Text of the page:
Can we learn something from the threat to Fort Dix? The National Rifle Association’s pernicious propaganda combined with popular misunderstandings of American history seem to dominate in the minds of many who address this issue. Today, Americans mistakenly assume rank-and-file citizens took up arms and turned the tide of the Revolutionary War. Carelessly carried into the 21st century, Americans mistakenly believe that their personal possession of firearms safeguards their alleged “right” to bear firearms. Rather, liberal gun laws ensure that guns will find their way into the hands of criminals and the mentally insane. Worse yet, it makes very possible that the next time a group decides it wants to attack an American military base, e.g., Fort Dix, our soldiers, law enforcement officials, or our schools, that it will not be stopped until after the dead litter the field.
Let’s think about the honest basics first: How does gun ownership in a first-world 21st century industrialized country safeguard our rights or the Constitution? Think for a moment … Do we favor the rule of law or vigilantism? Do we want individuals making spontaneous decisions regarding who they think they should shoot? If so, then get a dose of reality and visit a region of the world where this is the case, e.g., the regions between the Black and Caspian Seas or perhaps Darfur. But then why look abroad when good ol’Americans are busy shooting one another to the tune of 30,000 deaths a year. How can it be that American will invade another country for killing 2500 Americans in the World Trade Center – you suppose that if they had a few rifles they might have shot down one of those aircraft before it hit the building? – but when we want to kill one another, well, that’s okay?
As for the argument that guns prevent crime, let me choose another example: Jerusalem. Walking through the streets of Jerusalem or specifically Ben Yahuda you might be astonished at the number of apparent civilians carrying automatic weapons. Despite this, Israelis are confronted with daily acts of terrorism. Why doesn’t this excessive show of force result in less crime? In contrast, let’s look to Berlin. Violent crimes are, in contrast to American cities, rare. We could make a similar observation about London. France, on the other hand, has proven a bit more liberal – hardly by American standards – but the result in 2005 came in the form of extensive riots and the burning of roughly 48,000 vehicles (the issues are more complex than this but I have a specific point). Overall, countries with strict gun laws have vastly fewer violent crimes than the United States. These are not negotiable interpretations but simple facts.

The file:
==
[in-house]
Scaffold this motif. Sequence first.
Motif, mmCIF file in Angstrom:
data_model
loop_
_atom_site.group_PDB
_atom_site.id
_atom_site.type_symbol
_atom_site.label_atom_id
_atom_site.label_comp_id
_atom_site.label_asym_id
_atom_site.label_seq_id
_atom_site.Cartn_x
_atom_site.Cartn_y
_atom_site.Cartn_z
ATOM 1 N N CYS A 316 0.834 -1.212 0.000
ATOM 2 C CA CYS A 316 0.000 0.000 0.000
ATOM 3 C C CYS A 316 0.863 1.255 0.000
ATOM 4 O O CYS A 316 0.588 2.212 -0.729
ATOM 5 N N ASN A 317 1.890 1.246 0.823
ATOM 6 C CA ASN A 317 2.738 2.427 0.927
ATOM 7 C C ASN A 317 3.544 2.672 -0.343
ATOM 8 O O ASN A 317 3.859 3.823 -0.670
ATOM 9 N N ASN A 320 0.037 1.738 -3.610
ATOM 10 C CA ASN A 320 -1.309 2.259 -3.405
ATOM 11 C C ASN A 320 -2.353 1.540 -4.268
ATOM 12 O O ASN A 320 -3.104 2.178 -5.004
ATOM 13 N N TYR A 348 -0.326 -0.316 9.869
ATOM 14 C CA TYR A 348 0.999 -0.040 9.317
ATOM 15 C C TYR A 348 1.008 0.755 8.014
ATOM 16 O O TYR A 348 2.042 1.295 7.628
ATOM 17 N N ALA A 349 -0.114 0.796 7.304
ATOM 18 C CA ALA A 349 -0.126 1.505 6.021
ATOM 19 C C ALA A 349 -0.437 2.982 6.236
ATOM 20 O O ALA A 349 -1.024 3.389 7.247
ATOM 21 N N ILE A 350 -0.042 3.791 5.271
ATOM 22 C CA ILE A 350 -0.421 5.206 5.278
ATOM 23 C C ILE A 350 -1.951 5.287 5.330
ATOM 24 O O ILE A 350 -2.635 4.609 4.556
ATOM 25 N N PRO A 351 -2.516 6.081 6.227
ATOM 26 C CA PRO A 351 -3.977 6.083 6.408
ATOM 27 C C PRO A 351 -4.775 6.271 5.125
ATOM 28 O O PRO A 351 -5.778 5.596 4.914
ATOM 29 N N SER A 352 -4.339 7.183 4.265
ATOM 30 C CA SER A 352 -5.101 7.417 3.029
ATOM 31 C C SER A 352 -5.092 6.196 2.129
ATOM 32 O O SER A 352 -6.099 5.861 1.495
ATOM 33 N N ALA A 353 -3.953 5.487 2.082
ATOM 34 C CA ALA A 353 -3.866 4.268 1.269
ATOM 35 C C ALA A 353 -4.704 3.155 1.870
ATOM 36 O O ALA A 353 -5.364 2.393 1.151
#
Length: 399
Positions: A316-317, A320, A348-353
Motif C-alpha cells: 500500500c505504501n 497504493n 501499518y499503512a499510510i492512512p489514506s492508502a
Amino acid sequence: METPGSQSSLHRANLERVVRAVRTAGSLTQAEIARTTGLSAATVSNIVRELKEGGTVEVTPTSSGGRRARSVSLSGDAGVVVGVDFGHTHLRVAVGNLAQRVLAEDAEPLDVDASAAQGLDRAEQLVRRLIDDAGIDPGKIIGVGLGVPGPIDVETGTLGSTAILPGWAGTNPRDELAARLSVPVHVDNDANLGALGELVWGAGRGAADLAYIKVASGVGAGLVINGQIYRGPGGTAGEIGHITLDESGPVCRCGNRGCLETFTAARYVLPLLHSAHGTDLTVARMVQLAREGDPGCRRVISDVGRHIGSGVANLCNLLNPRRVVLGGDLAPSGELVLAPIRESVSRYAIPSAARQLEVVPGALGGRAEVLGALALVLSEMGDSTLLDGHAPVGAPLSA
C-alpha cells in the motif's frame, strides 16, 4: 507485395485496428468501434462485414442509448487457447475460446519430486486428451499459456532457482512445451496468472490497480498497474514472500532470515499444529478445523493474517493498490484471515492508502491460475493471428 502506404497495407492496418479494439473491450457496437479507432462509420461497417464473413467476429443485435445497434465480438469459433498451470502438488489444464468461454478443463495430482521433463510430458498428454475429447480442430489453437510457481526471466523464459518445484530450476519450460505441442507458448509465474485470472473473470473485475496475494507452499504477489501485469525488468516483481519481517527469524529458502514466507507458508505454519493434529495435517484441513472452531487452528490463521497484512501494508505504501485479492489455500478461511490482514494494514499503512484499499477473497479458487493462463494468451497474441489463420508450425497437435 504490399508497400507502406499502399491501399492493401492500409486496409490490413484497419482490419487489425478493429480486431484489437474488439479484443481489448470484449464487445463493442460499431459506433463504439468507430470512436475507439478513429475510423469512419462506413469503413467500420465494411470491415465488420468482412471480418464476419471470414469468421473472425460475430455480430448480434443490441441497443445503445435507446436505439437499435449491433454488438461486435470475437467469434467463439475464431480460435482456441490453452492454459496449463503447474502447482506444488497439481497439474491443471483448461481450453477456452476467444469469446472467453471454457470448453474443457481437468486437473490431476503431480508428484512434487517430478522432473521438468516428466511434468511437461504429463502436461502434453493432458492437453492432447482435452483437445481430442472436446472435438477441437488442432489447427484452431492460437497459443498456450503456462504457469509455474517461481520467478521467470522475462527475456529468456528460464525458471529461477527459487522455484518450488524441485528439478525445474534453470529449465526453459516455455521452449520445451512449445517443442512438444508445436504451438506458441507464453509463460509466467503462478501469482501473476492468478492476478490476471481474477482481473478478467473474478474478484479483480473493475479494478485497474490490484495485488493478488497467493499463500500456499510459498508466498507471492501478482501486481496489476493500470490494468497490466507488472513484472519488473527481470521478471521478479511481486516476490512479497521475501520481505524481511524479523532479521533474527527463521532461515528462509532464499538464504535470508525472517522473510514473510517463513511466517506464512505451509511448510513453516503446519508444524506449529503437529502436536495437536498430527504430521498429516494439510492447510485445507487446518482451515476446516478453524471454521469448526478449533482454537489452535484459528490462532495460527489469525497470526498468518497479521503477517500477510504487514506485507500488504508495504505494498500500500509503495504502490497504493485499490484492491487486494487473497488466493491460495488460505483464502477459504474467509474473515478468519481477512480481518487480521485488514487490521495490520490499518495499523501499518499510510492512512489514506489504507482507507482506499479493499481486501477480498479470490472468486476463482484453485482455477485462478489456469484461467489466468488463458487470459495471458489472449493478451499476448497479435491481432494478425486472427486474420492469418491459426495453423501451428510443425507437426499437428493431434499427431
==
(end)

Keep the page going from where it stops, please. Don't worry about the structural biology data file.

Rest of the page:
On a more historical note, it is simply astonishing how quickly some people find in 18th century ideas exactly what they want in the 21st century. Beyond the simple discussion about what constitutes a “militia,” let’s think seriously about what’s being advocated and what’s no being advocated in the minds of those framing the Constitution. First, they did not mean that slaves had the right to bear arms. Hmmm, why would they do such a thing? Second, they never indicated that everyone had a right to expect the government to provide them with personal firearms. So, who did they presume had the time to serve in a militia and could afford fire arms? Third, consider how someone like Jefferson might have responded to an AK-47. Given the very lethal character of modern weapons, the very nature of the discussion of the privilege to own fire arms is fundamentally altered and those stuck in 18th century rhetoric should be prepared to limit our access to fire arms to the technology prevalent in the 18th century. Sure, I think we all deserve a musket, three rounds of ammunition, and a beer.
But certainly I must be some liberal nut carving out a lame excuse to collect all the guns in America as no good American would violate this privilege to own a fire arm? Well, I was in LA during the riots. All those formerly law-biding citizens with guns in south-central LA engaged in a great deal of criminal activity. More guns made the environment grossly unsafe for everyone. We were damn lucky it didn’t turn into a mass killing. An exception? No, look back to the riots in the 1960’s or further back to Orson Wells and his radio broadcast announcing the invasion of Earth by strange beings from outer-space? So, how did our gun-toting society respond?
Were our “rights” protected somehow? No. There is no evidence to support this conclusion. Guns threaten our lives and our way of living. America is out of step with the civilized world when it comes to “common sense” and fire arms. It’s a truly bone-headed argument to suggest that guns protect either our Constitution or our “rights.”